Sustainability strategy is about solutions; it allows innovative strategists to consider how they can improve their service and creates a new focal point for guiding business development. A sustainable strategy for business aims to meet the needs of stakeholders today, without compromising the ability to satisfy future needs. It looks beyond corporate social responsibility and the societal activities that an organisation contributes to the community, concentrating also on how the environment impacts on an organisation and how the organisation impacts on the environment.

With almost 20 years’ experience working with businesses, governments, and not-for-profit organizations all over the world, EMG has built the know-how and experience to guide you through the process from start to finish.

Making a start
It is becoming increasingly important for businesses and organisations to disclose their approach and demonstrate performance with regard to the integration of sustainable development in their business strategy. To start a plan, it is essential to first identify the minimum standards your strategy will aim to meet. These may need to be in line with national policy relating to your business and/or may be related to organisational principles.

Flexible and meaningful
Sustainability strategies help to ensure businesses and organisations are financially stable in the long-term, are complying with the law and preparing for potential future requirements, are maintaining a good reputation, are resilient to economic, social and environmental change, are making better use of finite resources and are providing a better service for customers, clients and the community. A strategy needs to be meaningful and tell the whole story of the functions of the business today and in the future.

Specific to ‘what you do’
A sustainability strategy needs to be created specifically for the organisation and should be considered as a positive, enlightening method of energising an organisation to be astute and innovative. To ensure sustainable development is not treated as an added extra but becomes embedded into the way things are done, it is important to integrate existing ambitions and challenges into a sustainability strategy.

A strategy needs to have the ultimate aim of making sustainability part of the decision process when planning and forecasting business delivery, when designing and building construction projects, when considering how employees work, when leading on strategic direction and when continuing with day-to-day actions. The overriding aim should always be to make sustainability everyone’s responsibility.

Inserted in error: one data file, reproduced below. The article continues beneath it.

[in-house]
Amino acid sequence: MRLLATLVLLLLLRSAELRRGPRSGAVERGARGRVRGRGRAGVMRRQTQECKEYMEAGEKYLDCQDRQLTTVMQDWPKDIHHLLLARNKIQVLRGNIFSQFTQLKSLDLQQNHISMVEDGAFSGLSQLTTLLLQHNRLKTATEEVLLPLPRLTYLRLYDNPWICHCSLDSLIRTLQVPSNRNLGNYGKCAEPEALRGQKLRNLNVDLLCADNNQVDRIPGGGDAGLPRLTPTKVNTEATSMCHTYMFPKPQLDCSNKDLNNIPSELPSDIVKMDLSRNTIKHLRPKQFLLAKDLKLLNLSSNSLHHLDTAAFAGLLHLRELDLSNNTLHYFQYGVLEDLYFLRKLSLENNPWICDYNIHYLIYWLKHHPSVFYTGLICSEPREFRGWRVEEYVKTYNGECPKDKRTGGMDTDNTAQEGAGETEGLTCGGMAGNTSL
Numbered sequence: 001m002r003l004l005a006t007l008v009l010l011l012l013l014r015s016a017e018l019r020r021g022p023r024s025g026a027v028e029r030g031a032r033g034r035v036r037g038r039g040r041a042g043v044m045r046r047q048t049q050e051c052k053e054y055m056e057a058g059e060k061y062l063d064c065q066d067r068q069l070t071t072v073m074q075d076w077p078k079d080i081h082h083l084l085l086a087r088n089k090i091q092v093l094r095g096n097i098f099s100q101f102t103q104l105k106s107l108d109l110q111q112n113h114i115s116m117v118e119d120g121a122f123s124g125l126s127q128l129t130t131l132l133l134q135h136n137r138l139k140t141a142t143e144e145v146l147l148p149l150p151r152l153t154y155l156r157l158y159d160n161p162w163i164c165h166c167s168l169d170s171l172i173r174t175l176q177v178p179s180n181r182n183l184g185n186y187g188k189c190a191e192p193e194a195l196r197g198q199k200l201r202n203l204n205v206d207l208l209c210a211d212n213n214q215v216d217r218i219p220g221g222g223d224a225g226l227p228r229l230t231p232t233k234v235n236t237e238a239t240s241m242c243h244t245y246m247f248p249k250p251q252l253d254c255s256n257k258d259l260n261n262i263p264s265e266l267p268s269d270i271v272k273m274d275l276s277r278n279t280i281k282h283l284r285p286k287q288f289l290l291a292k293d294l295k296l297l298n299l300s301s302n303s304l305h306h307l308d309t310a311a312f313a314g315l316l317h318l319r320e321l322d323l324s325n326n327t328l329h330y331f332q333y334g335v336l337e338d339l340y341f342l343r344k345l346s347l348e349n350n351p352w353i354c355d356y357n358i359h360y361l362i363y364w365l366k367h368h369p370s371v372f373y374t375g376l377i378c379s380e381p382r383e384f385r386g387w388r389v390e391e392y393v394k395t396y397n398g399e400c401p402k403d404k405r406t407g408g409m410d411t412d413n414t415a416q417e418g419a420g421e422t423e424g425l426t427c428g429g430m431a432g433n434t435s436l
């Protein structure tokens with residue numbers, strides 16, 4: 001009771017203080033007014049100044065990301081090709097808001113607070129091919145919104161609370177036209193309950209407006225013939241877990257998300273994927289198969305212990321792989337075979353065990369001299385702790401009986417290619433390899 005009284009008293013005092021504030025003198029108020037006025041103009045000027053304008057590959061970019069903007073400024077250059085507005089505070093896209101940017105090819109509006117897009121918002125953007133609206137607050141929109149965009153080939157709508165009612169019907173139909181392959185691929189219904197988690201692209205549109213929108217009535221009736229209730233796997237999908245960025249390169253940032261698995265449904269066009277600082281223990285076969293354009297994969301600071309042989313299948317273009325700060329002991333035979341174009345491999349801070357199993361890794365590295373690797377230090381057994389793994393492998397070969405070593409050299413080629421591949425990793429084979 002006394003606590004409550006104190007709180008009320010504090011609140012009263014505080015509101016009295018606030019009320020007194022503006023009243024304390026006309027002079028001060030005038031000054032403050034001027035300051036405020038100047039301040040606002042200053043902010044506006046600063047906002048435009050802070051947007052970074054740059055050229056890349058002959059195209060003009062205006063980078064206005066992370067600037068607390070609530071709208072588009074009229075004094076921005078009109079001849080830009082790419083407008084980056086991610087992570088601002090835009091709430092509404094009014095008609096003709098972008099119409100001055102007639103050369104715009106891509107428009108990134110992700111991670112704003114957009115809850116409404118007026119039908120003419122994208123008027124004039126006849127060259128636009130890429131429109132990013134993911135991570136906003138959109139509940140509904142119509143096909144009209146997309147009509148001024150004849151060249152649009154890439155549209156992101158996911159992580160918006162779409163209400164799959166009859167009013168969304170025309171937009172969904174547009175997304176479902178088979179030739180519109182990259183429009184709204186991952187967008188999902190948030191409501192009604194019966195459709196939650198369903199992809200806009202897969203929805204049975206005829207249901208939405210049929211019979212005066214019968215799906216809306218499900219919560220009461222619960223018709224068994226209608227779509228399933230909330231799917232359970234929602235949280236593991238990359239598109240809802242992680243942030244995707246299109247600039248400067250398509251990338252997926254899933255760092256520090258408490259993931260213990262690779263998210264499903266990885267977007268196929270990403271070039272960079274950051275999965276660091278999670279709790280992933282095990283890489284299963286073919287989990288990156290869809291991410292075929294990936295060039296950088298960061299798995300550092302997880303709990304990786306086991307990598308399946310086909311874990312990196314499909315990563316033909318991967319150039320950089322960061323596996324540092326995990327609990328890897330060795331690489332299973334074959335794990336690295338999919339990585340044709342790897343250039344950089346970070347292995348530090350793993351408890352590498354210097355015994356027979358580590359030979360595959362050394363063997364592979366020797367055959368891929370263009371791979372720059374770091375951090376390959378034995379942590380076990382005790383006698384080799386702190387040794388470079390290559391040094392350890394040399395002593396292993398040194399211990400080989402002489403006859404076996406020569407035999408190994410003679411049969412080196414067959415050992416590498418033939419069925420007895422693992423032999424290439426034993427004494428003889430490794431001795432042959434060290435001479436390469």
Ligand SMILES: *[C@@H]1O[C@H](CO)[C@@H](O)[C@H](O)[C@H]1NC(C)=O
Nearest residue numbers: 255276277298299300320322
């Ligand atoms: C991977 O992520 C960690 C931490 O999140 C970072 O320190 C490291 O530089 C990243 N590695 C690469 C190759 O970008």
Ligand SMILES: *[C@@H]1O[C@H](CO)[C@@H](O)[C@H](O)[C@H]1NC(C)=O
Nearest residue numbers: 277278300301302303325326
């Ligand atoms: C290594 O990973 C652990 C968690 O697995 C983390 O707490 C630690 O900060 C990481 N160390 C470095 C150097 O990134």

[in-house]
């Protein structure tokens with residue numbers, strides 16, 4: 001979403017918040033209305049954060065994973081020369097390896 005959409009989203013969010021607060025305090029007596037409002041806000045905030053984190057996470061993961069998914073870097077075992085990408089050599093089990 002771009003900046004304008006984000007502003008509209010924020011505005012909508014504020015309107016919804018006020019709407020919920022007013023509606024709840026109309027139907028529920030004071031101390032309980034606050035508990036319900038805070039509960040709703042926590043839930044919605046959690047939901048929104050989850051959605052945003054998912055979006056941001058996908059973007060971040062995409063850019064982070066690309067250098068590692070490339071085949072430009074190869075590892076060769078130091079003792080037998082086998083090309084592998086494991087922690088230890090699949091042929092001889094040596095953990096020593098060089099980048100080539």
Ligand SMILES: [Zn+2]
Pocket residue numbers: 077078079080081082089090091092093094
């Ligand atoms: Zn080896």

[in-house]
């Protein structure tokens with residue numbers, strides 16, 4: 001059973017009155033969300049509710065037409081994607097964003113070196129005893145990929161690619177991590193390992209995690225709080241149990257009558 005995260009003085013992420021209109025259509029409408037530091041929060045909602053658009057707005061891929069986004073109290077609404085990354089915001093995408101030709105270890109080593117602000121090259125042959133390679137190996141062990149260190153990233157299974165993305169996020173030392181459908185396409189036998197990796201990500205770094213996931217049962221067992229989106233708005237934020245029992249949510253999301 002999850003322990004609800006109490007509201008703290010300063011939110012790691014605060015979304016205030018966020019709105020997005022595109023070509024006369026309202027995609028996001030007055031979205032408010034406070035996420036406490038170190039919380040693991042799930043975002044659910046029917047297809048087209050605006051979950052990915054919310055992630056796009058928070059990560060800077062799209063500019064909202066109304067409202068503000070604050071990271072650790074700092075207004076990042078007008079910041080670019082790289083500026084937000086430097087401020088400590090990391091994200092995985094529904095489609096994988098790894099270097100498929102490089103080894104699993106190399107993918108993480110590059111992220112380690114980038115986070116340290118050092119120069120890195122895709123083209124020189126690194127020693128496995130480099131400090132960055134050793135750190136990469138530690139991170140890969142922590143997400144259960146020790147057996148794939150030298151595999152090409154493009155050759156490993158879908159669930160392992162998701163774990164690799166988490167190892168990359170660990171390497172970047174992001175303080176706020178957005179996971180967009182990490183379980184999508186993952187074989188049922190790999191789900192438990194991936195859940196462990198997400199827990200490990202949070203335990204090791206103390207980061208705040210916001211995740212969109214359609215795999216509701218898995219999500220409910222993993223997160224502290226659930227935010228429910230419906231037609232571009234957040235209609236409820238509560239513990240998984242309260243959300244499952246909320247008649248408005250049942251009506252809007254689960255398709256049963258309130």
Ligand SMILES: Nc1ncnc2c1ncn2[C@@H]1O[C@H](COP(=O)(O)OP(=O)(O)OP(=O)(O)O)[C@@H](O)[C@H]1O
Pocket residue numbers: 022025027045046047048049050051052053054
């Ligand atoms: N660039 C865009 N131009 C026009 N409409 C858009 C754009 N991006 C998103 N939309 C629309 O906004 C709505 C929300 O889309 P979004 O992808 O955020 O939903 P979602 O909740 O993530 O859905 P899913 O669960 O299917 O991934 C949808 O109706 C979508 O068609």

Consider both mitigation and adaptation
A complete strategy will include mechanisms to mitigate climate change by reducing emissions and acting more sustainably.  This alone will not protect organisations from the effects of climate change such as longer and more frequent heat waves, increased flooding, harsher cold snaps and the impact these events will have on business continuity.  Considering an organisation’s ability to adapt to future scenarios is important to a sustainability strategy. A sustainability strategy should address the organisation’s ability to adapt and change through forward planning; increasing resilience, managing risks, protecting oneself, customers, clients and the community and also, importantly, taking advantage of any potential opportunities that arise. Global changes in climate are already happening and will, without doubt, continue. This results in the need to ensure buildings and infrastructure are designed for future climates, that business functions are prepared to operate in changing conditions, that compliance with changing government regulations is assured and that the financial risks from possible increases in taxes and prices are accounted for.

Shared ownership and good management
A strategy is likely to be owned and performed by various people or departments across an organisation but it needs programme management by a sustainable business strategist.  Organisations need to ensure that expertise within an organisation is embraced to bring together innovation and invention. Getting the right people involved from the start is very important and the following areas should be considered:

  • Energy
  • Procurement and waste
  • Travel/transport
  • Water
  • Buildings, design and biodiversity
  • Health and wellbeing (workforce, customers, clients and community)
  • Partnerships and networks
  • Engagement, communication and information sharing
  • Governance
  • Finance and reporting (including quantitative and qualitative measurements)
  • Adaptation

Make it receptive to development and improvement
Strategies need to be able to evolve and writing a strategy should not be a limiting factor to develop new ideas. It is important to update and add to sustainability strategies by adding individual business cases which can be developed over time. This can be encouraged by making the strategy visible and accessible as an online/electronic program, rather than a printed document .

Follow your instincts, be bold
A successful sustainability strategy is not just about metrics, targets and financial savings. To be successful at becoming a sustainable organisation, trusting a ‘gut feeling’ of what is right will have a  range of far-reaching benefits. These benefits are sometimes difficult to measure; however they should not be dismissed based on that fact, but embraced as ‘the right thing to do’. It is important to understand the principles and sometimes be willing to back intuition, investing without a specific business case.